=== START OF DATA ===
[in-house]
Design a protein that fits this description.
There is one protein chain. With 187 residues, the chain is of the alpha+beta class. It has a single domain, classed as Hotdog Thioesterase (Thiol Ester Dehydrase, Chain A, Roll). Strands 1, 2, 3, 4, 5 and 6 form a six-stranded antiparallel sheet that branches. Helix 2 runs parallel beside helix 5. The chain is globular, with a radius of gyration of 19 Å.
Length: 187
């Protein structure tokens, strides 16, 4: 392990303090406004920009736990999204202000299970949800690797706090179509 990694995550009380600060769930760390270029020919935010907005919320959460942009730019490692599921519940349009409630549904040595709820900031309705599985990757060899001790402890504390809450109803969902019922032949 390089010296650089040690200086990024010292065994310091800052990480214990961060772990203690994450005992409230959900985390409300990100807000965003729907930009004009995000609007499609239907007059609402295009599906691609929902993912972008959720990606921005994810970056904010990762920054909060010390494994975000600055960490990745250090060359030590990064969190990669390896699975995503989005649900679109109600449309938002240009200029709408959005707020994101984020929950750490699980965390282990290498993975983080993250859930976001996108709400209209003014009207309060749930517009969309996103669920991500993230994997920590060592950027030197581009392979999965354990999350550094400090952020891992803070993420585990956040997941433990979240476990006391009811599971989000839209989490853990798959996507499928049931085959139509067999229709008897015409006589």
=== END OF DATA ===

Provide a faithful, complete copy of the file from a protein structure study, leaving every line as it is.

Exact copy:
[in-house]
Design a protein that fits this description.
There is one protein chain. With 187 residues, the chain is of the alpha+beta class. It has a single domain, classed as Hotdog Thioesterase (Thiol Ester Dehydrase, Chain A, Roll). Strands 1, 2, 3, 4, 5 and 6 form a six-stranded antiparallel sheet that branches. Helix 2 runs parallel beside helix 5. The chain is globular, with a radius of gyration of 19 Å.
Length: 187
């Protein structure tokens, strides 16, 4: 392990303090406004920009736990999204202000299970949800690797706090179509 990694995550009380600060769930760390270029020919935010907005919320959460942009730019490692599921519940349009409630549904040595709820900031309705599985990757060899001790402890504390809450109803969902019922032949 390089010296650089040690200086990024010292065994310091800052990480214990961060772990203690994450005992409230959900985390409300990100807000965003729907930009004009995000609007499609239907007059609402295009599906691609929902993912972008959720990606921005994810970056904010990762920054909060010390494994975000600055960490990745250090060359030590990064969190990669390896699975995503989005649900679109109600449309938002240009200029709408959005707020994101984020929950750490699980965390282990290498993975983080993250859930976001996108709400209209003014009207309060749930517009969309996103669920991500993230994997920590060592950027030197581009392979999965354990999350550094400090952020891992803070993420585990956040997941433990979240476990006391009811599971989000839209989490853990798959996507499928049931085959139509067999229709008897015409006589």